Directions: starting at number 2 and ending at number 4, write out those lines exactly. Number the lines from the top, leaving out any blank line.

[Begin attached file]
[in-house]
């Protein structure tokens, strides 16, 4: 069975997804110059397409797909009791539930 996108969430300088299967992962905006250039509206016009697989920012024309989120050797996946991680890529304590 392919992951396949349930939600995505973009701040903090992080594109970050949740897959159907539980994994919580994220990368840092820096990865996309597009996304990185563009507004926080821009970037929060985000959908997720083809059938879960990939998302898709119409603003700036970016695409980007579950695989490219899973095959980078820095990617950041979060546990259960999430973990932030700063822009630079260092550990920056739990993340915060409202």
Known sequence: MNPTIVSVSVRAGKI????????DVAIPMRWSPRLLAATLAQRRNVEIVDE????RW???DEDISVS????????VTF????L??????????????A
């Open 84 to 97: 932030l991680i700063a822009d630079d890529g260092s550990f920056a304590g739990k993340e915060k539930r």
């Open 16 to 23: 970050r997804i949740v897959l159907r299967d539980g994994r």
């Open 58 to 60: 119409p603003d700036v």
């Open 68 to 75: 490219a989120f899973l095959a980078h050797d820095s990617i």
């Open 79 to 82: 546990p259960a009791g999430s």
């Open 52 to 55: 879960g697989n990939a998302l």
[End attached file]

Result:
């Protein structure tokens, strides 16, 4: 069975997804110059397409797909009791539930 996108969430300088299967992962905006250039509206016009697989920012024309989120050797996946991680890529304590 392919992951396949349930939600995505973009701040903090992080594109970050949740897959159907539980994994919580994220990368840092820096990865996309597009996304990185563009507004926080821009970037929060985000959908997720083809059938879960990939998302898709119409603003700036970016695409980007579950695989490219899973095959980078820095990617950041979060546990259960999430973990932030700063822009630079260092550990920056739990993340915060409202």
Known sequence: MNPTIVSVSVRAGKI????????DVAIPMRWSPRLLAATLAQRRNVEIVDE????RW???DEDISVS????????VTF????L??????????????A
């Open 84 to 97: 932030l991680i700063a822009d630079d890529g260092s550990f920056a304590g739990k993340e915060k539930r």